Students become scientists through SIUE’s STEM programs

EDWARDSVILLE – The STEM Research, Education and Outreach Center at Southern Illinois University Edwardsville inspires area middle and high school students to think of themselves as scientists, to become critical thinkers, problem solvers and innovators , providing them with opportunities to engage in genuine scientific research .

The STEM Center, along with the Environmental Sciences Department of the College of Arts and Sciences, the Applied Health Department of the School of Education, Health and Human Behavior, East St. Louis Center (ESLC) Upward Bound Math and Science (UBMS) Collinsville High School Program and a colleague from the University of Southern Maine Public Health Program, spoke with students during hands-on learning sessions held in June and July.

“Through these programs, we aim to support students’ interest in science by engaging them in authentic science experiences,” said Carol Colaninno, PhD, associate research professor and program director for the SIUE STEM Center. “We have also focused on supporting students’ identities as scientists.”

The summer programs were made possible through support from two national grant programs – the National Science Foundation Innovative Technology Experiences for Students and Teachers (NSF ITEST) and the National Institute of Science’s Science Education Partnership Award (SEPA). general medical services from the National Institutes of Health

With funding from the NSF ITEST grant, the STEM center and its partners offered the Y-CITYSCI (Youth-Led Citizen Science Network for Community Environmental Assessment) program. The participating students were from ESLC’s UB Math and Science Collinsville High School program, a competitive academic initiative designed to prepare students for a four-year degree in a STEM field.

“The program provided high school students who belong to historically underrepresented groups in STEM fields, the opportunity to lead and participate in scientific research,” Colaninno said. “Students studied community issues related to air quality, noise levels, soil pollutants, and human changes to the environment. They focused on the community and incorporated technology into their surveys. We have empowered students to take ownership of their research projects by making the program student-centered and student-driven.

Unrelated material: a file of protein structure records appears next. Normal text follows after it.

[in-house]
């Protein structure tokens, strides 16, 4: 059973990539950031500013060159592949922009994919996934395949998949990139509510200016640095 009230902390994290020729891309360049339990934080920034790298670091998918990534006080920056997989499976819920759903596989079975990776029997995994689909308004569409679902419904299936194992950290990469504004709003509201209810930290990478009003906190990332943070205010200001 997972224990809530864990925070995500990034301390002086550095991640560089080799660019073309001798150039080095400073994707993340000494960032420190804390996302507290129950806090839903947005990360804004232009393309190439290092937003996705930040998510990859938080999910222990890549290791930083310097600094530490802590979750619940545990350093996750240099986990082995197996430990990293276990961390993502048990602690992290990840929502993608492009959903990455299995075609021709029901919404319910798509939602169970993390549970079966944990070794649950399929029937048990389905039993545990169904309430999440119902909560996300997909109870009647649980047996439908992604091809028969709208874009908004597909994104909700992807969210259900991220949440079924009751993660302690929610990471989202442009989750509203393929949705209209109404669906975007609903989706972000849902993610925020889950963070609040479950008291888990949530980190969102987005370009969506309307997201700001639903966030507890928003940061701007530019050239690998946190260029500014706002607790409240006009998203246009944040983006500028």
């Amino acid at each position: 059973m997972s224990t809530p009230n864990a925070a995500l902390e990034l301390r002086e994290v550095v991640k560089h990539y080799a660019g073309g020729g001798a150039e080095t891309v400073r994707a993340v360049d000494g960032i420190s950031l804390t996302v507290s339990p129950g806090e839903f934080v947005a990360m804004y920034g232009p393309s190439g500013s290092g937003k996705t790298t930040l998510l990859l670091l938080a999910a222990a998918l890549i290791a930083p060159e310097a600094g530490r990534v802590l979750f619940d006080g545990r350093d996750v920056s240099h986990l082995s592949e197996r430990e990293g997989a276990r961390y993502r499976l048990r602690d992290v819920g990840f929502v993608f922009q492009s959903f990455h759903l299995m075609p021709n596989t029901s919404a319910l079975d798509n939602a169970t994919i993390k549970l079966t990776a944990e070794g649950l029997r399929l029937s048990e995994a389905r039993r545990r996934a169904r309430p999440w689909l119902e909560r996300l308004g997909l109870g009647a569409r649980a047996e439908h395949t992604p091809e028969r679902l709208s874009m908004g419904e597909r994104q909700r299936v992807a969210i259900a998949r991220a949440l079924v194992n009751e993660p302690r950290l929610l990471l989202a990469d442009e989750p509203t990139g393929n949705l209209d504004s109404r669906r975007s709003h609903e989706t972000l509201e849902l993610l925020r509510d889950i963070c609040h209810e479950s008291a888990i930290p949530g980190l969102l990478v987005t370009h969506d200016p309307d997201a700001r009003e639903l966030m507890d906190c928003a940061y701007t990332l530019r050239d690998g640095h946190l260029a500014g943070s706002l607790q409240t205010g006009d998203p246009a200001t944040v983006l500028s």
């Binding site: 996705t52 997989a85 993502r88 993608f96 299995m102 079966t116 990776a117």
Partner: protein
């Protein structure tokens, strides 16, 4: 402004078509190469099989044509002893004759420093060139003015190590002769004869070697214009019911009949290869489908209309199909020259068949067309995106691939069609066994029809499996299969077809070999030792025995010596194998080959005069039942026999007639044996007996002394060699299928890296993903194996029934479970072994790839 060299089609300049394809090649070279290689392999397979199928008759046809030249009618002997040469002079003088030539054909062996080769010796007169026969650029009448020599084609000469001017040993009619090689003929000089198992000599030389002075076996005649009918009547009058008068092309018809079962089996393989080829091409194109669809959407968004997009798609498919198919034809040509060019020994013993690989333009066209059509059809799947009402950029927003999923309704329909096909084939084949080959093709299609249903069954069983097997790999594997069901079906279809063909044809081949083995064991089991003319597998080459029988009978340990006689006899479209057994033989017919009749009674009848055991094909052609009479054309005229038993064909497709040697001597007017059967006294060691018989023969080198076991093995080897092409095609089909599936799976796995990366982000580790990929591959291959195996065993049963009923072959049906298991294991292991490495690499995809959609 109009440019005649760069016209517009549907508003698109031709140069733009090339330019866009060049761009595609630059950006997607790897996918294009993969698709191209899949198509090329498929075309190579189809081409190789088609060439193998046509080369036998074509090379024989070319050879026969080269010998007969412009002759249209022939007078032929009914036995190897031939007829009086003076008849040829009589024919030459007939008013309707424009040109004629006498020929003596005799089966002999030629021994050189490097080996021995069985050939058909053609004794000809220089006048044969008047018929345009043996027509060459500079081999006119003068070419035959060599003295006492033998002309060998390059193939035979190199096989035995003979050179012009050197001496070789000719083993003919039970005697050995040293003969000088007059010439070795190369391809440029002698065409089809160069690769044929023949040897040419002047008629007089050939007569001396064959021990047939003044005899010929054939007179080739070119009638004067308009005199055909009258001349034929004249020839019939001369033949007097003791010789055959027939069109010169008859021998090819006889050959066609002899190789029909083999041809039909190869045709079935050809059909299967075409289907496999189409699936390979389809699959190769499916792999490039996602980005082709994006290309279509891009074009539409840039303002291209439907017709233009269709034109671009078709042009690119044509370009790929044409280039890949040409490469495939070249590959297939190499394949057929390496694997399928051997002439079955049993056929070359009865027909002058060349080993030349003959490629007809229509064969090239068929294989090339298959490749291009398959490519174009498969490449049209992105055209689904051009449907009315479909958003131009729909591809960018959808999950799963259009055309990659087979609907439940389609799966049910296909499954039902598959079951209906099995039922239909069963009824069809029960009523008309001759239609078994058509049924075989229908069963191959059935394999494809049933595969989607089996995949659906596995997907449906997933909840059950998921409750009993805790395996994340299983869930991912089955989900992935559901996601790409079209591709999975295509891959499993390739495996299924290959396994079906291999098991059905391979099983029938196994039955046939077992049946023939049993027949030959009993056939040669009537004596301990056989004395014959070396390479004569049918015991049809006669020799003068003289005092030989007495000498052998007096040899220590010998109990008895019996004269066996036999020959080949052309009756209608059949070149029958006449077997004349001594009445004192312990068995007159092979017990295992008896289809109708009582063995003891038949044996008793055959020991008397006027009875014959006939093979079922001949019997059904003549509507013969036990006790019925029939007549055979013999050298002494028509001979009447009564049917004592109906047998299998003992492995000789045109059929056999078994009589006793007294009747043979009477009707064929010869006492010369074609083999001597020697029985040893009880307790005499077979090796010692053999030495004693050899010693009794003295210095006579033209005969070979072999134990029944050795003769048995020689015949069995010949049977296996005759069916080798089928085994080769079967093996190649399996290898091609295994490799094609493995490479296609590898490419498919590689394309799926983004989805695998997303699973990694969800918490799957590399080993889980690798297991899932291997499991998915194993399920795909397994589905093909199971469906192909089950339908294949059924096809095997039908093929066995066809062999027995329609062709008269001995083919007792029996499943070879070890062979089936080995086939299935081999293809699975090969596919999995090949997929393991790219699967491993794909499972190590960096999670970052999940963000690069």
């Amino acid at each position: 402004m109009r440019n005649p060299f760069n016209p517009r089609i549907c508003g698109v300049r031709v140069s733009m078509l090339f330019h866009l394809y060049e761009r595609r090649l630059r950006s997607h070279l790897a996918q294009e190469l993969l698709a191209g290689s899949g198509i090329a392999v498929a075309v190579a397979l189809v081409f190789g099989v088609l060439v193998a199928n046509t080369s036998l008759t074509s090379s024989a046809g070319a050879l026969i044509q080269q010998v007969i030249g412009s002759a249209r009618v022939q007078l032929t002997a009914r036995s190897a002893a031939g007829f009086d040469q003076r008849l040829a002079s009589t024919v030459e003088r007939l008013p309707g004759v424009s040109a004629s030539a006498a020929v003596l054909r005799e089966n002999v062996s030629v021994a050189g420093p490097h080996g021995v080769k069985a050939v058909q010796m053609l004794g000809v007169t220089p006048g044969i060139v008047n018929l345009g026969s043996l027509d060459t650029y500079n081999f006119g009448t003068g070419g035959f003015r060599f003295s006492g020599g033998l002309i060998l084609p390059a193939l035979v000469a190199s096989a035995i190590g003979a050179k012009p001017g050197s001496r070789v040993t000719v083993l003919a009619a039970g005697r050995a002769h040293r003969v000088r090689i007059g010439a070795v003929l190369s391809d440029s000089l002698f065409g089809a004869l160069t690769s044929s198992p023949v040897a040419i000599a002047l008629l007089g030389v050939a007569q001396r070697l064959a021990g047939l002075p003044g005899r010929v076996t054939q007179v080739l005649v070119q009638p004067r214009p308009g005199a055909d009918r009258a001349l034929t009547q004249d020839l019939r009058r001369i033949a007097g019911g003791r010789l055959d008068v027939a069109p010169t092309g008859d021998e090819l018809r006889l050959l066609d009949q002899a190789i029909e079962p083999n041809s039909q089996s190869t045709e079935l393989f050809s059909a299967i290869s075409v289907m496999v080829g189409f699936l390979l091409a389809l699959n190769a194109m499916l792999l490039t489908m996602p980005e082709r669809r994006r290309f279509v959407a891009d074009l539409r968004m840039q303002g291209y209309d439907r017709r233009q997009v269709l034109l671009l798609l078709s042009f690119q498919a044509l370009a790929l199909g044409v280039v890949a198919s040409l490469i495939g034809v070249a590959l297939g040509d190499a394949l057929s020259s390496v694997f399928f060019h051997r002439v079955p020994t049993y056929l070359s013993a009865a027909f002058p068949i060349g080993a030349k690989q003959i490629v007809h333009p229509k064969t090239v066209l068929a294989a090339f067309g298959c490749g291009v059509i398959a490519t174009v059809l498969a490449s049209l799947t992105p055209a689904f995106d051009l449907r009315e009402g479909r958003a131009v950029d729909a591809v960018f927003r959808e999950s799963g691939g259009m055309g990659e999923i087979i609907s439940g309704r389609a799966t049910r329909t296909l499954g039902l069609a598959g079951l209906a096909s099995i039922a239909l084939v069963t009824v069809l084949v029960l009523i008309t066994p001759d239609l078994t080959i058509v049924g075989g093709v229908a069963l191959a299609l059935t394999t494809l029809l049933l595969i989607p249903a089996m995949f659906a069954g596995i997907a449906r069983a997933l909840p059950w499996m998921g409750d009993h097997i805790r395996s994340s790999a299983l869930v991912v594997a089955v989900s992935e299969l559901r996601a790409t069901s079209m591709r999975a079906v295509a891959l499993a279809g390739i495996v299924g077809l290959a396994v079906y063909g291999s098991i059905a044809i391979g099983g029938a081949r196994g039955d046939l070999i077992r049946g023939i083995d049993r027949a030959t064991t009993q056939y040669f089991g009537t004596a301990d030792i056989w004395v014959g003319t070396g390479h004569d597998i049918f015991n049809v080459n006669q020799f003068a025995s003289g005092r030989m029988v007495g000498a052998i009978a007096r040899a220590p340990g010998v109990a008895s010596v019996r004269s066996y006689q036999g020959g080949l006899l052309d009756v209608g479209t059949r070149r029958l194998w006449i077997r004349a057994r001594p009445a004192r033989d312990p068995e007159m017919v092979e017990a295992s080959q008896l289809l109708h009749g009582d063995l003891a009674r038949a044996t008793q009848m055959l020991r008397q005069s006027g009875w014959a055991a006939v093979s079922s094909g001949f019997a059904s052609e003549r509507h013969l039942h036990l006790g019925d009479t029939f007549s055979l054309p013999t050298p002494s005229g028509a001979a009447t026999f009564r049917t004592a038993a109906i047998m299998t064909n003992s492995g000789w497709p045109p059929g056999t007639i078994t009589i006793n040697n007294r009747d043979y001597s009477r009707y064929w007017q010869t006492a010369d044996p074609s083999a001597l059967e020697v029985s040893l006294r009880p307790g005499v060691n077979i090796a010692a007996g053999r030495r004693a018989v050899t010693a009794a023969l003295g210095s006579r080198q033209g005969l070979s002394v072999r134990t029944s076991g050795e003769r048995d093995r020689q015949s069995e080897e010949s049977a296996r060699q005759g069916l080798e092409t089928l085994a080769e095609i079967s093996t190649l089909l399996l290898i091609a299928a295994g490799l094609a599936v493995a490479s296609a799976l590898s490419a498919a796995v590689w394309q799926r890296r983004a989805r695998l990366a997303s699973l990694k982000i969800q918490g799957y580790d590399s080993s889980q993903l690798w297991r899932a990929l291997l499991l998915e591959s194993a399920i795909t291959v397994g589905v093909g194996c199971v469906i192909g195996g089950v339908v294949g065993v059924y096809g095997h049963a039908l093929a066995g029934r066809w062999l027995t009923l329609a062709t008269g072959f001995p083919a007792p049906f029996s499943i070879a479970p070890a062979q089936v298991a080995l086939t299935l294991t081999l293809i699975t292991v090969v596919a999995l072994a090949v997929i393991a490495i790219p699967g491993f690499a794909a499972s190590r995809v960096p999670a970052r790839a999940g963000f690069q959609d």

Scientists and science teachers guided participants through the process of data collection, analysis and interpretation.

“My project was about air quality throughout SIUE and I was wondering if it was unsafe for people with various health conditions,” said Alejandra Alcala, a senior at Collinsville High School.

“Our research project involved going to different randomly selected buildings to assess the number of recyclable materials in the trash cans, said Brian Castro, a junior from Collinsville High School. “Based on our research, we suggest the University add more outdoor recycling bins to improve convenience.”

“The STEM Center wants students with an interest in science to have the opportunity to pursue a career in science,” added Colin Wilson, SIUE STEM Center Instructor and Outreach Specialist. “We want science to be engaging for students and for students to feel empowered to do science. When students have the opportunity to investigate questions that interest them, they become even more engaged and confident in their abilities as scientists. »

The Environmental Health Investigators program ran concurrently with the Y-CITYSCI program with support from the NIH SEPA grant. The program aimed to prepare students who identify with historically marginalized groups in STEM to pursue careers and studies focused on the health sciences.

“Students learn and develop knowledge about the effects of the environment on human health,” Colaninno said. “They then develop a research question related to the topic of air, noise and soil pollution and determine ways to answer this research question.”

Participants in the Y-CITYSCI and Environmental Health Investigator programs participated in a poster symposium, showcasing their work to friends and family to wrap up the summer programs.

“The U.S. Department of Education requires that all UBMS programs provide participants with exposure to STEM teachers, students, and hands-on science lab experimentation,” said Desiree Tyus, UBMS program director. “Thanks to this partnership, our students were able to fulfill these requests. Moreover, having authentic experiences like this allows students to recognize that they can conduct college-level research and, inevitably, encourages them to pursue their own scholarly pursuits in the future. Their confidence was further boosted when nearly 80 people came to view their showcase and inquire about their findings.

“The SIUE STEM Center is a master at developing and delivering programs that positively impact youth and educators,” said research partner Ben Greenfield, PhD, assistant professor in the Public Health Program at the University of Southern Maine. “The vastness of what is studied in these programs is extremely exciting. The STEM Center is a perfect place not only to implement these projects, but also to see their impact scientifically. Its academics and collaborators then analyze the results to inform their colleagues nationwide.

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